That was it. I had had it.

‘Danda, can I tell you a secret?”

He nodded and leaned close so I could whisper in his ear.

“I don’t WANT to go a walkies!” And I stuck my bottom lip out.

And suddenly he was laughing uproariously. He had to sit down and clutch his stomach. I heard what I had said and realised what a baby I was being and put on my little hospital-issue slippers and went for a walk down the corridor, which tired me out for the rest of the day.

But that, that little strop, that was the beginning of the recovery period.

These days, if I don’t want to go a walkies, I at least come up with a more decent excuse, like “It’s a bit cold,” or “I’m far too busy making this cup of tea” or “Family Guy is on.”

Books that remind me of stuff

One Hundred Years Of Solitude by Gabriel Garcia Marquez
Reminds me of being in Laos, in a town called Vang Vieng, one of the most beautiful places I’ve ever been. I hired a bike for the day and rode out into the fields by myself and found this abandoned bamboo hut up on stilts. I climbed into it and sat down and read the last few chapters of One Hundred Years Of Solitude while listening to a cricket on the roof and the sounds of nature. It was lovely.

Lord Of The Rings
The first one. I don’t remember what it’s called. I started reading it right before I flew back to Namibia. I’d lived there for a year on my gap year and was going back 10 months later to work for some friends. I was reading it on the flight and did quite a few changes so I read that book in Scotland, England, Holland, South Africa and Namibia. I loved that it had taken such a journey with me.

Paulo Coelho, I’ve forgotten what it was called
I read this in an airport somewhere. I think on the way to Morocco. My friend and I did a lot of travelling together over the space of two years and on this flight we had a stopover in Spain, I think. I had bought this book in the airport in London. In the airport in Spain, my friend slept and I was knackered but trying to stay awake and I just tore through this book. I had finished reading it in a few hours.

Kafka On The Shore by Haruki Murakami
I read this while travelling through the Philippines with the same friend. We stayed in this little B&B on an island called Bohol. We’d found it because a lady on the boat there had started chatting to us when we were singing Whitney to pass the time. She told us to stay there and it was such a good find. No-one else was staying there so we pretended it was our own house! We stayed up late playing card games and reading. I loved this book! I finished it and left it there for the next guests.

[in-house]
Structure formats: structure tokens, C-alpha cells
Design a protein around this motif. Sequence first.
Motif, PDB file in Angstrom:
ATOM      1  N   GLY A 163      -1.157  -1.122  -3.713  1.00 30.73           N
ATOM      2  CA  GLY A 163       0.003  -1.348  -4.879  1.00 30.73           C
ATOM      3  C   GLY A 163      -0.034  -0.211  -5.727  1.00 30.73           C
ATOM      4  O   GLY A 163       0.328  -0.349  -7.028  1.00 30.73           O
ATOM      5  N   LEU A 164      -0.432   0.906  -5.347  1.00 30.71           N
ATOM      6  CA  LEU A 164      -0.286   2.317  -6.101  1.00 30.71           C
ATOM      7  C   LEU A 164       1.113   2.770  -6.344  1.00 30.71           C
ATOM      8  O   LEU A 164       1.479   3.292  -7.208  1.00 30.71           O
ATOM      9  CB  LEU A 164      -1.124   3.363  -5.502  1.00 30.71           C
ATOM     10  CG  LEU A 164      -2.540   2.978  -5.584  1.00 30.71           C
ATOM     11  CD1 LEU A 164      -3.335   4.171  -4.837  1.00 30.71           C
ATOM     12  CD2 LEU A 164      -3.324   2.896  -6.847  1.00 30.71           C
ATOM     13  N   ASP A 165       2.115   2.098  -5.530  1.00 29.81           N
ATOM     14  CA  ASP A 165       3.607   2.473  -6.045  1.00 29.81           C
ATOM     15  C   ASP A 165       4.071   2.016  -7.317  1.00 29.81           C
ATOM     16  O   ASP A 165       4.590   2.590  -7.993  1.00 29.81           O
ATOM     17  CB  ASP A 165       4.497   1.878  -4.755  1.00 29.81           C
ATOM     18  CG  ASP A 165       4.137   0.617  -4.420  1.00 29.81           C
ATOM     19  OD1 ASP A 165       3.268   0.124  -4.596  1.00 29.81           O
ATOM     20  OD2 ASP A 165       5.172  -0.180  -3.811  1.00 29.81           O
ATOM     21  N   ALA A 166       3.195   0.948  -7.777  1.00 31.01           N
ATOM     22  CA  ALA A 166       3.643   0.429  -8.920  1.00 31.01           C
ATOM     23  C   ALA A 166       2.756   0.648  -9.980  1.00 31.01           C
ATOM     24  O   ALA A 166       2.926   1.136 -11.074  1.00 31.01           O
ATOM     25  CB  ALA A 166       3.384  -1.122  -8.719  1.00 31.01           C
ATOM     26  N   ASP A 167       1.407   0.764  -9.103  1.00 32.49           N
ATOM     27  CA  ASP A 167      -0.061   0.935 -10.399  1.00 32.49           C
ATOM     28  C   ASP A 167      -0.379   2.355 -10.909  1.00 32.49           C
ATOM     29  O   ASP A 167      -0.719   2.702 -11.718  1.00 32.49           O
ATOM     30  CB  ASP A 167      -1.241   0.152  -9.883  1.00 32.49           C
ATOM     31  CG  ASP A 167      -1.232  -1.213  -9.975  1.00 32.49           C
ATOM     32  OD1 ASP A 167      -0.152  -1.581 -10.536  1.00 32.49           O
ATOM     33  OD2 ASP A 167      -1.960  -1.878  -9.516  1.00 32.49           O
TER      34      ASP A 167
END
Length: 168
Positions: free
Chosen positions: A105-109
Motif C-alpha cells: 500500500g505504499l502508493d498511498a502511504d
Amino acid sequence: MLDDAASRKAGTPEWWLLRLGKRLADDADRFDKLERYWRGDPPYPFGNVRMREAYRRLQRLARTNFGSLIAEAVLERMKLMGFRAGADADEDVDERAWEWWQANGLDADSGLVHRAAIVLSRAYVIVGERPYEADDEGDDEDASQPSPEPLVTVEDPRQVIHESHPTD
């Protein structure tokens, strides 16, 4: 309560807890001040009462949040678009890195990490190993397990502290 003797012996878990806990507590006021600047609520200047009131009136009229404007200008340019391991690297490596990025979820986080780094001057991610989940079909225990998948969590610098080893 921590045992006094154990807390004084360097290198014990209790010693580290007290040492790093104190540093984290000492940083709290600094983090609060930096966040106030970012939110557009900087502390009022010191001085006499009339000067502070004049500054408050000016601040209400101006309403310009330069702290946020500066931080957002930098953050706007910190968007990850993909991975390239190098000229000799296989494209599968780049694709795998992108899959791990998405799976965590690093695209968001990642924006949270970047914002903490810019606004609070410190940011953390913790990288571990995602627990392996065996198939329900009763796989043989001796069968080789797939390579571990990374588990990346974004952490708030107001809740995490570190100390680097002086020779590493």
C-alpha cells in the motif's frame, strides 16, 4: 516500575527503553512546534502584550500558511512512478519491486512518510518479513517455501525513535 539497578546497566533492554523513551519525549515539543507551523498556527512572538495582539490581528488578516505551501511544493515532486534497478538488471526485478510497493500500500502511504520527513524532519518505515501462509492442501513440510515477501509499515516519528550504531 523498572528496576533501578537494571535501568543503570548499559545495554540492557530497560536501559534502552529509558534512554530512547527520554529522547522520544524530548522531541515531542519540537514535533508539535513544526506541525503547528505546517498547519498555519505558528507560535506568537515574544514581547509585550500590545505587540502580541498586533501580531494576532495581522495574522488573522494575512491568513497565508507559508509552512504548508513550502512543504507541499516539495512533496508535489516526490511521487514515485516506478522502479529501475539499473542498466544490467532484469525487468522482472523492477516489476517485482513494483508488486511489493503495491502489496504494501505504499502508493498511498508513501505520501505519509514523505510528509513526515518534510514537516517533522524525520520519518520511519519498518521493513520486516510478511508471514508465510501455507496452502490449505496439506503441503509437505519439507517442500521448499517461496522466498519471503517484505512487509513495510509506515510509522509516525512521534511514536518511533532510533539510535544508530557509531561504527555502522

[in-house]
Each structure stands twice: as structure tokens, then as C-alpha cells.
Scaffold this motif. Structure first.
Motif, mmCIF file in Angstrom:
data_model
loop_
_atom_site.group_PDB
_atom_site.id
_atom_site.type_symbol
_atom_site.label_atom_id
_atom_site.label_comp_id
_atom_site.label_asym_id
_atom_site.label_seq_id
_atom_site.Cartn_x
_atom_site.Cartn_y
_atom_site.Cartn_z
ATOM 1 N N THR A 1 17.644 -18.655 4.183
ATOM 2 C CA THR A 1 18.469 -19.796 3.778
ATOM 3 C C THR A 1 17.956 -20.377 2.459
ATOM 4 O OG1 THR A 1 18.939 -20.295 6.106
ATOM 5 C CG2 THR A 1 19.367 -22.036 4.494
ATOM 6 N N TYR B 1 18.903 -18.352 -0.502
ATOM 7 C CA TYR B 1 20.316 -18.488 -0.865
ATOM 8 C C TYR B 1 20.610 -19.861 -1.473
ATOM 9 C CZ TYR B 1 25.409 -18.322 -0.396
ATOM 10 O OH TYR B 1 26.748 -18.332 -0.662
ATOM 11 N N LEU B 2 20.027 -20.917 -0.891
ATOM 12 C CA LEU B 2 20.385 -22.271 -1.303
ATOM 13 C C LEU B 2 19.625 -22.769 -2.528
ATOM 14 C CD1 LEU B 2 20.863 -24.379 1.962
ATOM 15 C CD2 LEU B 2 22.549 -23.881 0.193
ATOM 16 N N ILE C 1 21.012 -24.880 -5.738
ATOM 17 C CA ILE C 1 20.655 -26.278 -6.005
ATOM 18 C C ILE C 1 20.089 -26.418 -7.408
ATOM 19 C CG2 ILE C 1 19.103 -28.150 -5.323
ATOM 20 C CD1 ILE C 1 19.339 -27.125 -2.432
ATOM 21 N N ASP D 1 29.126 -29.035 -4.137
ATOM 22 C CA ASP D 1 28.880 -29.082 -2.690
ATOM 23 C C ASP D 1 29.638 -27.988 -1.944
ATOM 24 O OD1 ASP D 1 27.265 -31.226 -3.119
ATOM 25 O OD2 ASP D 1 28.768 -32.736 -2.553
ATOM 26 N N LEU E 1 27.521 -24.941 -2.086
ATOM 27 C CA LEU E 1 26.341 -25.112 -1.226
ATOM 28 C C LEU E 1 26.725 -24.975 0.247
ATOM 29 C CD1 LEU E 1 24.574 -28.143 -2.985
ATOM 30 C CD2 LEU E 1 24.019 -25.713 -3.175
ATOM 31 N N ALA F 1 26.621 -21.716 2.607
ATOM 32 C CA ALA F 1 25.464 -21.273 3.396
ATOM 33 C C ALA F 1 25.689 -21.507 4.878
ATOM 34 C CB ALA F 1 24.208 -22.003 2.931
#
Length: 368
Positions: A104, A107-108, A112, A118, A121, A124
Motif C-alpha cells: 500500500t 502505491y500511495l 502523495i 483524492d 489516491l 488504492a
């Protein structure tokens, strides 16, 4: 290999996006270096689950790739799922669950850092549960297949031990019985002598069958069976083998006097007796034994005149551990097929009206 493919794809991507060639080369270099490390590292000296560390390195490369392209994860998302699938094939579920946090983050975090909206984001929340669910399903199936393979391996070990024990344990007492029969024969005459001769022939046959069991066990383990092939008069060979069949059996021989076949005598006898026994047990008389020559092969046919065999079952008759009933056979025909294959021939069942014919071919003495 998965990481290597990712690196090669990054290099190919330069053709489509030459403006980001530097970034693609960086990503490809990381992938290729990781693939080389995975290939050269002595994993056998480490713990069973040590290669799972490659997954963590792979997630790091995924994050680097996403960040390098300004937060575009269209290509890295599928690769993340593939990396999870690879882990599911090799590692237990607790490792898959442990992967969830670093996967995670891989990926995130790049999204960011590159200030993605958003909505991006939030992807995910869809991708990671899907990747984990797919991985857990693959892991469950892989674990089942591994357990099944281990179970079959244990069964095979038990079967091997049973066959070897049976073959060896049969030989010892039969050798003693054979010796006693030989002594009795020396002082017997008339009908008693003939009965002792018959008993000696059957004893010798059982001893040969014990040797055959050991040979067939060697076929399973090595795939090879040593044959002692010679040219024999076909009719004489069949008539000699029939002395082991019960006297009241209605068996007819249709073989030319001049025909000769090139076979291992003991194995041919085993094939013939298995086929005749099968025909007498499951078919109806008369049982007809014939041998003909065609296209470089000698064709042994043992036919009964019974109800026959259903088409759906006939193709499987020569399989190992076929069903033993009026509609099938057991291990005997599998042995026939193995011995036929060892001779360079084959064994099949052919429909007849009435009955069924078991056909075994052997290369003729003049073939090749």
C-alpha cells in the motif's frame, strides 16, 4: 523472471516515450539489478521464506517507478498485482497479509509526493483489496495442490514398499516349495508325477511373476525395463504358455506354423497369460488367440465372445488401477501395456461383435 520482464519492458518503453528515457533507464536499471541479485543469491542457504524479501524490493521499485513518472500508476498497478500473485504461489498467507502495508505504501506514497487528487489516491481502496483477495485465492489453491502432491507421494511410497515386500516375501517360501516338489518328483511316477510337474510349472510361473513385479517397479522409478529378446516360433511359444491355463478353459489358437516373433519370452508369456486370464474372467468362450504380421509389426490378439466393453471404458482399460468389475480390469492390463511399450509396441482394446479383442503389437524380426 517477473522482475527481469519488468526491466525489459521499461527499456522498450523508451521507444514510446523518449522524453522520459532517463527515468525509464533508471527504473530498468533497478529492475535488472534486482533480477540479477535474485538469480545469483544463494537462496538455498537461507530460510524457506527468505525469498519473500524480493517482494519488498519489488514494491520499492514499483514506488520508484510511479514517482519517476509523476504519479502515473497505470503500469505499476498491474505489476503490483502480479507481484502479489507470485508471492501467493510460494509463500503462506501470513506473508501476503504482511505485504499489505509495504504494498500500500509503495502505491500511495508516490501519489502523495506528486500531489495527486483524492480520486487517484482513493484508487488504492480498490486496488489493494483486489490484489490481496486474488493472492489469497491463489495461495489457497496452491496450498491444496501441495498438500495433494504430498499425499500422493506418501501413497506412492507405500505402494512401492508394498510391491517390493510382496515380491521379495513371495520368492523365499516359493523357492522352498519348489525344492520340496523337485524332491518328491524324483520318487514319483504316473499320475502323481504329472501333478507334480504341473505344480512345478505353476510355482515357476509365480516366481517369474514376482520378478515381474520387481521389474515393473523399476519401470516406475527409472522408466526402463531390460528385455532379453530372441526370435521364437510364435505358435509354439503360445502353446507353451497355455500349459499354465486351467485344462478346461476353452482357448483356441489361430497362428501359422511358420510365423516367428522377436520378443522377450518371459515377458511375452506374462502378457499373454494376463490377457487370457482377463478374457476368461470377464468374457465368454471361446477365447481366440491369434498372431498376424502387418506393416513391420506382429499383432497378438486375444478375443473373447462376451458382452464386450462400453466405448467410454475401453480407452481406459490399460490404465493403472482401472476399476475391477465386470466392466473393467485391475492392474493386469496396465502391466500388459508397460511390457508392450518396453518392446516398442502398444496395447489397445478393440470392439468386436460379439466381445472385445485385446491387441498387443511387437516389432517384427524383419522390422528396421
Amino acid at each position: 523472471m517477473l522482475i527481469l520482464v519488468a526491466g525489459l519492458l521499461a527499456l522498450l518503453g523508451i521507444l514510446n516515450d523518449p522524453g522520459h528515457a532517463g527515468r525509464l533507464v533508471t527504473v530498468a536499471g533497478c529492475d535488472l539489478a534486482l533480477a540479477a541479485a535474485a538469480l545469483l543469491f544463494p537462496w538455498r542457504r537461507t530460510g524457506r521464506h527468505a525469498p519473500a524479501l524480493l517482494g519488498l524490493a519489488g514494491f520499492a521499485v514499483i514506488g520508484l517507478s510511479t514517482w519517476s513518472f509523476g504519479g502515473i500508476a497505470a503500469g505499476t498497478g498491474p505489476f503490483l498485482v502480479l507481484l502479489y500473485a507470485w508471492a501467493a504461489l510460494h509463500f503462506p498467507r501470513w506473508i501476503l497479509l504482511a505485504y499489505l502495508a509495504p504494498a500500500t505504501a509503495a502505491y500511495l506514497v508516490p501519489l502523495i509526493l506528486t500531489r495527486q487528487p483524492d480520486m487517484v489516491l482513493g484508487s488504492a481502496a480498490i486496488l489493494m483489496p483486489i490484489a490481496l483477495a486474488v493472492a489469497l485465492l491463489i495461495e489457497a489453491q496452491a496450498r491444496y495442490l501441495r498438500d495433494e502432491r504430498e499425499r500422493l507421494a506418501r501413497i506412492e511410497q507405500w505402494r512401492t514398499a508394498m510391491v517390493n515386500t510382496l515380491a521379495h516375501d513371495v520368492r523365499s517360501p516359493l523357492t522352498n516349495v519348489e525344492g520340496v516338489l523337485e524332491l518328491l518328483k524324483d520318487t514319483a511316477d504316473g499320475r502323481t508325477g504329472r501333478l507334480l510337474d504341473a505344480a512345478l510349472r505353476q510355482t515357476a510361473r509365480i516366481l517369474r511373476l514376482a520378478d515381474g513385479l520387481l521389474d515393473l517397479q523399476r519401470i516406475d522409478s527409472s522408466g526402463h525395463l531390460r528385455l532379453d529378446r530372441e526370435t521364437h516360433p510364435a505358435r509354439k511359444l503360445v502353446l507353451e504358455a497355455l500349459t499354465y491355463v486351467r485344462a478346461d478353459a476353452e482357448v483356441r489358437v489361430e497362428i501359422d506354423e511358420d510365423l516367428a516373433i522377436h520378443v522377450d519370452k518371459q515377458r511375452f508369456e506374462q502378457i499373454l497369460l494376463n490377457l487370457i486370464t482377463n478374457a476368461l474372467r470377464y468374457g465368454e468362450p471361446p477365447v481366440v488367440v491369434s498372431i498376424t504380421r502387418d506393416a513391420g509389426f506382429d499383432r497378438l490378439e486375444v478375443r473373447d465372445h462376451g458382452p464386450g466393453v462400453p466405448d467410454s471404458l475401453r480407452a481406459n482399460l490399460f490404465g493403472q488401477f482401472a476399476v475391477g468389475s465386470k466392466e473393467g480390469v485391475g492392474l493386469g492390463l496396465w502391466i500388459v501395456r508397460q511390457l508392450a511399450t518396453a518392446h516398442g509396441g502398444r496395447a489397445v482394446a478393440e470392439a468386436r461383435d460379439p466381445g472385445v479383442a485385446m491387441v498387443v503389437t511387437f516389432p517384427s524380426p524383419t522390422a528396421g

Hamlet
I had been reading Shakespeare in school and not really liking or disliking it. I just didn’t understand it mostly. Something clicked at some point and I wanted to read more of it. I went to the English cupboard at school and borrowed a copy of Hamlet and loved it. I just got it. I remember feeling really excited because I knew there was a whole stack of Shakespeare out there for me to discover.

Leon: Ingredients and Recipes
I was a few months post-op last year and had finally got over my fear of eating (I was terrified in case eating caused the same problem and I had to go back to hospital and by this point I was pretty scared of hospital). I was eating more and was strong enough to stand up for the time it took to cook dinner. I found this book and loved the first section, about ingredients. If any of you are into food, this book is amazingly fascinating. I went on holiday to Portugal and was still quite delicate, so instead of jumping in and out of the water and running about, I sat reading this book in the sun. It was lovely.

Famous Five
Reminds me of my childhood in general and how much I wanted to be George.

The Janice Project
This was the first romance novel I read that formulated my idea of what my potential life partner should be like!

Ahab’s Wife by Sena Jeta Naslund
I read this book in Namibia while I was training for a trek across the Great Wall of China. I used to go on the stair machine for an hour every morning to prepare. My body was fine with it but my mind was bored. A friend lent me this book to keep me entertained and it worked. A few years later I kept thinking about it but couldn’t remember the name. I was in an out of the way town in Texas, waiting for a bus, when I saw a little book shop in the distance. I thought I’d kill some time there and found a few books I wanted. I went to the till to pay and right there, next to the till was this same book! Same cover. I recognised it immediately and got it. It was just as good, if not better, the second time around. I’ve been daydreaming about visiting Nantucket since I read it.

The Ginger Tree by Oswald Wynd
I might have got his name wrong. Found this in Laos, in Luang Prabang. Opposite our hotel there was a little cafe/bookshop. It was the first I’d seen in Asia so I was pretty excited. We sat drinking exotic teas and absorbing the book joy. I found this tucked away on a shelf and loved the cover. It’s a woman’s diary of moving to Japan just after the war. I can’t emphasise how good this book is. If I could only read a few more books ever again, this would be one I’d choose. Read it.